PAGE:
Ill Health Disclosure

As a careers advisor one question I am frequently asked is how to explain gaps in employment. For people with mental health problems this can be challenging. Some people have concerns as to whether disclosing their health will impact their job prospects. Others would prefer to keep details of their health private, but worry about the legalities of not disclosing.

So what are the legalities?

The Equality Act (2010) protects disabled people from discrimination in the recruitment process. The Act makes it unlawful for employers to ask job applicants questions about disability or health before making a job offer, except in specified circumstances. This aims to prevent employers screening potential employees to avoid recruiting disabled people.

Once a job offer is in place you are only required to disclose your health if your employer asks; if you are not asked you do not have to disclose (The Employment Rights Act, 2002)

Should you disclose your health?

Disclosing your health is a personal choice.

Advantages

  • The employer may view you as being more honest because you have explained your situation.
  • It may explain some of the gaps in your CV or application.
  • You will not need to worry that the employer may find out at a later date, leading to disciplinary action or dismissal (or at least loss of trust)
  • You will not have to worry that someone else might tell the employer about your situation.
  • You will be able to attend medical appointments openly
  • Your employer and colleagues may be able to offer you support

Disadvantages

  • The employer may have concerns about your ability to do the job
  • You may find it difficult to tell the employer about your situation
  • You may be worried that your employer may not respect your confidentiality

How would you disclose?

  1. Be brief – concentrate on showcasing your skills, experience, qualifications and personal qualities
  2. Be positive – what strengths do you have as a result of experiencing and/or recovering from mental ill health? Good self-reflection skills? Resilience? Empathy for others?
  3. Finish on a high – during any periods out of work what achievements/experiences have you had? Volunteering? Training? Travel? Research and reading? Self-reflection?

 

When could you disclose?

On a Job Application Form

On a Job Application, in answer to the question “Do you have any health problems?”

Possible responses:

  • Not that would affect my ability to do the job
  • I will discuss this at an interview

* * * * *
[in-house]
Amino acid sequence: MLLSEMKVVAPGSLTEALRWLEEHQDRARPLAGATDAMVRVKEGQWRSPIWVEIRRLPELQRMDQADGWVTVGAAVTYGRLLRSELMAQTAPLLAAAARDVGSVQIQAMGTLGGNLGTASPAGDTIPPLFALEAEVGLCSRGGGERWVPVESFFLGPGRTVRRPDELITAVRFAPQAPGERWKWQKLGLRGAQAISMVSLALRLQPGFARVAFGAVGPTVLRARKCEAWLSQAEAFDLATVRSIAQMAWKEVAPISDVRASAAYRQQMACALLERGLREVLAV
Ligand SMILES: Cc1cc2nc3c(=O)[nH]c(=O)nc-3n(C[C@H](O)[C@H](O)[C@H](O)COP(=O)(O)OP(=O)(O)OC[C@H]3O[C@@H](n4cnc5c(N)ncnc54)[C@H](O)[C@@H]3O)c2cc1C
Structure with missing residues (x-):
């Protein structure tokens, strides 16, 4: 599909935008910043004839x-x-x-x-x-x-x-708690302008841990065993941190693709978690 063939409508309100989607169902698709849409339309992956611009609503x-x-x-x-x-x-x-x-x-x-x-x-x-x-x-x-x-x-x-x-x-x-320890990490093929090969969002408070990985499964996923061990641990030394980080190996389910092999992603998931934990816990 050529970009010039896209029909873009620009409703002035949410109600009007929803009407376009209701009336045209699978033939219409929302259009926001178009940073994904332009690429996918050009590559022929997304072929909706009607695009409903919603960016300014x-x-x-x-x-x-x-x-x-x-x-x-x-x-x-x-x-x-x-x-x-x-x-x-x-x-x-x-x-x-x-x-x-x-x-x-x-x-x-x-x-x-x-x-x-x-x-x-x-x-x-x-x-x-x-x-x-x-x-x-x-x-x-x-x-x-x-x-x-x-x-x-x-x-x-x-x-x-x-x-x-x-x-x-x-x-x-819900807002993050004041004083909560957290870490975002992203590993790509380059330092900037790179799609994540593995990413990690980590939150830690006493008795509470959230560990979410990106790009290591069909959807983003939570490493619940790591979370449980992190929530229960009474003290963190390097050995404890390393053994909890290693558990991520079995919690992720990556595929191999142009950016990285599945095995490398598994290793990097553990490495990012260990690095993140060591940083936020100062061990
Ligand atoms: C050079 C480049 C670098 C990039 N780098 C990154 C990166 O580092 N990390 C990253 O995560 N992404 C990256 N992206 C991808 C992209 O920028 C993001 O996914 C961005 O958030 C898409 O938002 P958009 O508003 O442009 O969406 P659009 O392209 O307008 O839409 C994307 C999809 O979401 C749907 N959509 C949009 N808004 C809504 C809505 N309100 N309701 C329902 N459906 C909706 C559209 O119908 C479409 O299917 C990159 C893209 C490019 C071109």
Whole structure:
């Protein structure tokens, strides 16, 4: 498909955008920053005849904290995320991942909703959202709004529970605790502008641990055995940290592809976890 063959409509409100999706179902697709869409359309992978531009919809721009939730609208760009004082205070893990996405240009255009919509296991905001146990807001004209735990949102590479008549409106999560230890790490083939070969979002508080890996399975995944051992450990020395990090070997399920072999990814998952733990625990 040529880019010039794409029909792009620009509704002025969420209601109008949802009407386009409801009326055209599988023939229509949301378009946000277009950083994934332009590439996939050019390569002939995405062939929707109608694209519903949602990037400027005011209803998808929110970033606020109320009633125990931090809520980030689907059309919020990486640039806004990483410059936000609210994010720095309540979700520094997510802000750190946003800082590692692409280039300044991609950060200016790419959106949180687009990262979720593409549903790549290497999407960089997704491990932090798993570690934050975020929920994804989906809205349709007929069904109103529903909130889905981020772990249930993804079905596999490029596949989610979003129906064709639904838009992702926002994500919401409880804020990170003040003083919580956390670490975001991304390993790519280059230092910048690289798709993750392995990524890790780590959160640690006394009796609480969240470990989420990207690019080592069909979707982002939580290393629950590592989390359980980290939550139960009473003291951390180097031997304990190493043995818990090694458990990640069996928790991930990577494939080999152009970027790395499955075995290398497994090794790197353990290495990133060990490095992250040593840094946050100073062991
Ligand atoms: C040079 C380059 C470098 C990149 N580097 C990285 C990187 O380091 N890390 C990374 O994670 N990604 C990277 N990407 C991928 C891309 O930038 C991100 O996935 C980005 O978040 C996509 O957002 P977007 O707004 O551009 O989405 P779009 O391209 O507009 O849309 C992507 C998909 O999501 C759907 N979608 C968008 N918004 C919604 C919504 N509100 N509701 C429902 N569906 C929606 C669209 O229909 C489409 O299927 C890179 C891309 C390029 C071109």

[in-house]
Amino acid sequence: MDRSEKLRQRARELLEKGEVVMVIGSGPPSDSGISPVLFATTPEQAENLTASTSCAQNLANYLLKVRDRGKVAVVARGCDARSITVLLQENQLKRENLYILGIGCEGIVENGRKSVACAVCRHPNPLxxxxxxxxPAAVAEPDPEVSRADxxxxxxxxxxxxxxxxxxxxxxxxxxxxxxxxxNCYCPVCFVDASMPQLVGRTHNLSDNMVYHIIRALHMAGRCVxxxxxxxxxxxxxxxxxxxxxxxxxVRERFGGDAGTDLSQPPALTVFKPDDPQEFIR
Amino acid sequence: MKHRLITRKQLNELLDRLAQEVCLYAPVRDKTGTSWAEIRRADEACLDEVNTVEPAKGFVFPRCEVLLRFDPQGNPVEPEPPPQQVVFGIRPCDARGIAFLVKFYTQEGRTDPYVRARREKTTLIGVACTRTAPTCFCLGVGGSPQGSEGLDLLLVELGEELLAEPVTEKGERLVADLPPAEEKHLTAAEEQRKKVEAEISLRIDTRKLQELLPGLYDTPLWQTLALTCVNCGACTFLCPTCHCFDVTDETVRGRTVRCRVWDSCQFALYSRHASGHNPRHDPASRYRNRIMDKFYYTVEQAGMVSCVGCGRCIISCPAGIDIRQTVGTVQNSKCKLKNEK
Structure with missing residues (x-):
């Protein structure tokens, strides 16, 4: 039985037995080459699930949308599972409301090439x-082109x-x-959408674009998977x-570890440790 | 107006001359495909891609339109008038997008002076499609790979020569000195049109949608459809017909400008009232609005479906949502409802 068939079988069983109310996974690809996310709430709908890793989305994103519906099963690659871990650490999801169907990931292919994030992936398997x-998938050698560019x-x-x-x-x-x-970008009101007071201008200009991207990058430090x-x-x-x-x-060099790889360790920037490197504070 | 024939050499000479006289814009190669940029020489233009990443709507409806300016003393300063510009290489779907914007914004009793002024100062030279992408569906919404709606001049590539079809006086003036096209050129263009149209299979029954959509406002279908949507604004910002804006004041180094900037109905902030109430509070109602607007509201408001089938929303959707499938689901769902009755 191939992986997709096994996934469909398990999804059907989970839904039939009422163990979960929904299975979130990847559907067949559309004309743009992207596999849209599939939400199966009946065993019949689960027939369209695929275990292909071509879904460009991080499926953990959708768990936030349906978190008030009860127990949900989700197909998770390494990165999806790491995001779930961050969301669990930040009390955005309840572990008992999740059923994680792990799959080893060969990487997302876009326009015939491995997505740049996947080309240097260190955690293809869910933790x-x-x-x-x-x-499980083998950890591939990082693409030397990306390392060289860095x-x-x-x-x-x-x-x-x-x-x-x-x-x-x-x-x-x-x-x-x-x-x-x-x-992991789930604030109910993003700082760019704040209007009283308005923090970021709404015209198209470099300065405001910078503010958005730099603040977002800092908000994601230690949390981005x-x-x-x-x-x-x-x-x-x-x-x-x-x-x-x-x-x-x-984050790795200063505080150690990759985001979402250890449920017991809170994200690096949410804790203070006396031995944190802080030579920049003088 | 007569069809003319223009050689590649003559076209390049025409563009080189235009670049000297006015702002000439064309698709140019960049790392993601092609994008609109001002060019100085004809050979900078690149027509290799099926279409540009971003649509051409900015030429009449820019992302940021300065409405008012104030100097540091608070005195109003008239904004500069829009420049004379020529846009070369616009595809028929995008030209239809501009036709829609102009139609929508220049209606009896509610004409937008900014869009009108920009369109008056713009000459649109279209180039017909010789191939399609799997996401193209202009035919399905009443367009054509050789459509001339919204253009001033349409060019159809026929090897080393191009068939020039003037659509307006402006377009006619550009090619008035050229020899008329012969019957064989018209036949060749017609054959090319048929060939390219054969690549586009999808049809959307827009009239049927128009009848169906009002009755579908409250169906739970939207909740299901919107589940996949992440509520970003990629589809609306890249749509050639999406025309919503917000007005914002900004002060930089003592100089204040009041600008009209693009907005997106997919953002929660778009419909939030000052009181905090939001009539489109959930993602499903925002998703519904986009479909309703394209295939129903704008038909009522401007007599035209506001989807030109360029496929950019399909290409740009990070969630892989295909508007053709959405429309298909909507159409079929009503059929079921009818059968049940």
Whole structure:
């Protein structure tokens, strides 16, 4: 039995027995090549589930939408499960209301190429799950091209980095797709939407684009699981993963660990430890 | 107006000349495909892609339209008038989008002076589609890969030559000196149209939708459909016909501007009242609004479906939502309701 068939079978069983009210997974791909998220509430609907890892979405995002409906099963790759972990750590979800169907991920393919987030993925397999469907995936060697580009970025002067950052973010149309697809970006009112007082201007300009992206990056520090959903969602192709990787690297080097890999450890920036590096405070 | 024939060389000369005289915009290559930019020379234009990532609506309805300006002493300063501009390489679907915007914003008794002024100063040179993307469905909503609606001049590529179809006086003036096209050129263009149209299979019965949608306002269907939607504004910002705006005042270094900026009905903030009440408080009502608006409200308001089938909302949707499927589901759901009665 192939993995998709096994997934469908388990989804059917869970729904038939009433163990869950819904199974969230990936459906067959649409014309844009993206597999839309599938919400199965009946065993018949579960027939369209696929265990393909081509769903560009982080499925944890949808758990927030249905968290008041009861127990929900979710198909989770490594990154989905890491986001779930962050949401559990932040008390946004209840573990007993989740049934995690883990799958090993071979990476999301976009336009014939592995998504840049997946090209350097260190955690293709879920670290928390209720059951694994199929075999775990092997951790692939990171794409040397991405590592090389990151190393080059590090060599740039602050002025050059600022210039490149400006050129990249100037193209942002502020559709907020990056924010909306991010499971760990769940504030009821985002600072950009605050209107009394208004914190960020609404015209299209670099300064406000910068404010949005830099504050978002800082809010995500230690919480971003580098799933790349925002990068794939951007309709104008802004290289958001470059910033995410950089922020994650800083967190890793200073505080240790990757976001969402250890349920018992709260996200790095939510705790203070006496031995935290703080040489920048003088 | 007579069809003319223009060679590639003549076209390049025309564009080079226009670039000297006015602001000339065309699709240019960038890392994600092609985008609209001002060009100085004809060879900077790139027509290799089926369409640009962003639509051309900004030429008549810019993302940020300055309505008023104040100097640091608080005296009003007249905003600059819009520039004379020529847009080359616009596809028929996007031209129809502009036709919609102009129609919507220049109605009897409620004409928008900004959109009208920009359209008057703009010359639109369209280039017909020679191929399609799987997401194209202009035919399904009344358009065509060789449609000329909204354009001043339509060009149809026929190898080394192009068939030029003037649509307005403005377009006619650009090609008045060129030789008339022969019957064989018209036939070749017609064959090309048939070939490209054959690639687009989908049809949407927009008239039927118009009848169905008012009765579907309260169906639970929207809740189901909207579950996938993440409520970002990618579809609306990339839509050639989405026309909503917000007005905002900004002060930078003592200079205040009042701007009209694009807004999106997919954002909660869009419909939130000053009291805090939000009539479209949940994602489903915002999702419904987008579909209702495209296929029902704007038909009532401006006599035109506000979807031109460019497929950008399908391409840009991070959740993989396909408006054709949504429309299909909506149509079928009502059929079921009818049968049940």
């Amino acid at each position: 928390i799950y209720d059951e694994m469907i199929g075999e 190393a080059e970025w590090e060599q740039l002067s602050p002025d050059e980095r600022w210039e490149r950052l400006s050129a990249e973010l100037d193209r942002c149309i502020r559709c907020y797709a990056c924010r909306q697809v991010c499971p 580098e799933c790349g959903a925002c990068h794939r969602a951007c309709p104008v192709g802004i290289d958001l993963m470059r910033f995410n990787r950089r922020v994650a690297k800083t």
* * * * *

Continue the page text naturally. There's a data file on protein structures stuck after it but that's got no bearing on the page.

• Not applicable to this job
  • I previously had ________which I have now recovered from and I do not feel that this will affect my work performance
  • I have a health condition but I feel I will still be able to do the job as required
  • Leave it blank and explain verbally in a job interview if required
  • Do not say ‘no’ if the answer is ‘yes’

At an interview or after the job has been offered

Choose an appropriate time to talk when you feel comfortable. The emphasis should be on your skills, motivation and commitment to do the job.

You can prepare a disclosure statement in advance. You can use this at any stage, you choose, during the application process and after the job has been offered.

Here are some examples of disclosure statements:

I have been out of work for health reasons. During this time I have focused on my recovery, studying, volunteering. I am now ready to work.

 

I have experienced anxiety, which has given me a better understanding of myself, and more empathy for others who may experience similar situations.

 

I recently took some time out of work due to ill health. I am now well and have learned how to manage stress and ways of coping.

 

If you would like to speak to a Careers Adviser about your disclosure statement, or would like any other advice around your career goals, you can call us on 0800 100 900.

-Lauren, Careers Adviser

Searching for Jobs

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Job searching… what is the first thing that comes to mind when I say it?! Frustrating, disheartening, confusing? All of the above? I know, I have been there myself. Whether you are looking for a career change, a quick fix or keeping up to date with the industry, hopefully my top tips will calm your nerves and help you make the most of what tools are at your disposal.

We all know that employers spruce up job titles to make them sound more appealing, but sometimes from the onset we have no idea what the job involves. If we don’t look further into the role we might be missing out on our dream job.

When you’re job searching, if you use the ‘keyword’ tab rather than the ‘job title’ tab, this will scan the job description and will look for your keywords. So for example, if you’re looking for something sports related by typing in the word ‘sport’ it will bring up jobs that are associated with it, so it could be things like facilities manager etc.

Knowing who your local employers are, that offer you the opportunities that you are seeking, will also be key to your job searching success. Most companies that you come across will have a section on their website where you will be able to gain information on any current recruitment. Find out who the top employers are who could potentially recruit in your industry and 1) search on their websites, 2) like them on social media and 3) connect with them on LinkedIn. By doing this you will be constantly keeping yourself in the know!

If you, or anyone you know, would like extra support around job searching please call us today on 0800 100 900.

-Kate, Careers Adviser